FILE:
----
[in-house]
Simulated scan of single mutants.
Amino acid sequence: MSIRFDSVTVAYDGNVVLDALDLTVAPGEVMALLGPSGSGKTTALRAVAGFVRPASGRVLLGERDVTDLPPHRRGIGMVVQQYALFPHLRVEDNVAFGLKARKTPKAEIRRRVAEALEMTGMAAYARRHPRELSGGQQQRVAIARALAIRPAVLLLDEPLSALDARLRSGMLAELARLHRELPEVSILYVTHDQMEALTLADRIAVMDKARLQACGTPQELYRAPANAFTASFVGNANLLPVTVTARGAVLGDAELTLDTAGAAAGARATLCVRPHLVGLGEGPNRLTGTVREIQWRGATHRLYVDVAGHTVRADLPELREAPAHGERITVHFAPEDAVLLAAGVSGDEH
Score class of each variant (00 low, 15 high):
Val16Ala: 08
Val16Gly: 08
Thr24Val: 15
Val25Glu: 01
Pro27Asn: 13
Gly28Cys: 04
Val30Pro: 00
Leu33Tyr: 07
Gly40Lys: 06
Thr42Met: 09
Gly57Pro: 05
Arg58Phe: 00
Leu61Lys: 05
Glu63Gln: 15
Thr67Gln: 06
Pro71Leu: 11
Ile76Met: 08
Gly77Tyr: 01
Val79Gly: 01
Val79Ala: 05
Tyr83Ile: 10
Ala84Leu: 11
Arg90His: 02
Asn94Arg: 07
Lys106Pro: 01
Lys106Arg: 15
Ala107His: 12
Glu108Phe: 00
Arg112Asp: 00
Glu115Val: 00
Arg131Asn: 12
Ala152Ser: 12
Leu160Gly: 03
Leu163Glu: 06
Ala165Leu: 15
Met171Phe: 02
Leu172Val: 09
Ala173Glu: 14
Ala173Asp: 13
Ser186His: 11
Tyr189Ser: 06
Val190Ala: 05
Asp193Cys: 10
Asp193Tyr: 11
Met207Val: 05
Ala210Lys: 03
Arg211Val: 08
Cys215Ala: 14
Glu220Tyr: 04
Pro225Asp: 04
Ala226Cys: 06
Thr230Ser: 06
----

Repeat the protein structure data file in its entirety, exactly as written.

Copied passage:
[in-house]
Simulated scan of single mutants.
Amino acid sequence: MSIRFDSVTVAYDGNVVLDALDLTVAPGEVMALLGPSGSGKTTALRAVAGFVRPASGRVLLGERDVTDLPPHRRGIGMVVQQYALFPHLRVEDNVAFGLKARKTPKAEIRRRVAEALEMTGMAAYARRHPRELSGGQQQRVAIARALAIRPAVLLLDEPLSALDARLRSGMLAELARLHRELPEVSILYVTHDQMEALTLADRIAVMDKARLQACGTPQELYRAPANAFTASFVGNANLLPVTVTARGAVLGDAELTLDTAGAAAGARATLCVRPHLVGLGEGPNRLTGTVREIQWRGATHRLYVDVAGHTVRADLPELREAPAHGERITVHFAPEDAVLLAAGVSGDEH
Score class of each variant (00 low, 15 high):
Val16Ala: 08
Val16Gly: 08
Thr24Val: 15
Val25Glu: 01
Pro27Asn: 13
Gly28Cys: 04
Val30Pro: 00
Leu33Tyr: 07
Gly40Lys: 06
Thr42Met: 09
Gly57Pro: 05
Arg58Phe: 00
Leu61Lys: 05
Glu63Gln: 15
Thr67Gln: 06
Pro71Leu: 11
Ile76Met: 08
Gly77Tyr: 01
Val79Gly: 01
Val79Ala: 05
Tyr83Ile: 10
Ala84Leu: 11
Arg90His: 02
Asn94Arg: 07
Lys106Pro: 01
Lys106Arg: 15
Ala107His: 12
Glu108Phe: 00
Arg112Asp: 00
Glu115Val: 00
Arg131Asn: 12
Ala152Ser: 12
Leu160Gly: 03
Leu163Glu: 06
Ala165Leu: 15
Met171Phe: 02
Leu172Val: 09
Ala173Glu: 14
Ala173Asp: 13
Ser186His: 11
Tyr189Ser: 06
Val190Ala: 05
Asp193Cys: 10
Asp193Tyr: 11
Met207Val: 05
Ala210Lys: 03
Arg211Val: 08
Cys215Ala: 14
Glu220Tyr: 04
Pro225Asp: 04
Ala226Cys: 06
Thr230Ser: 06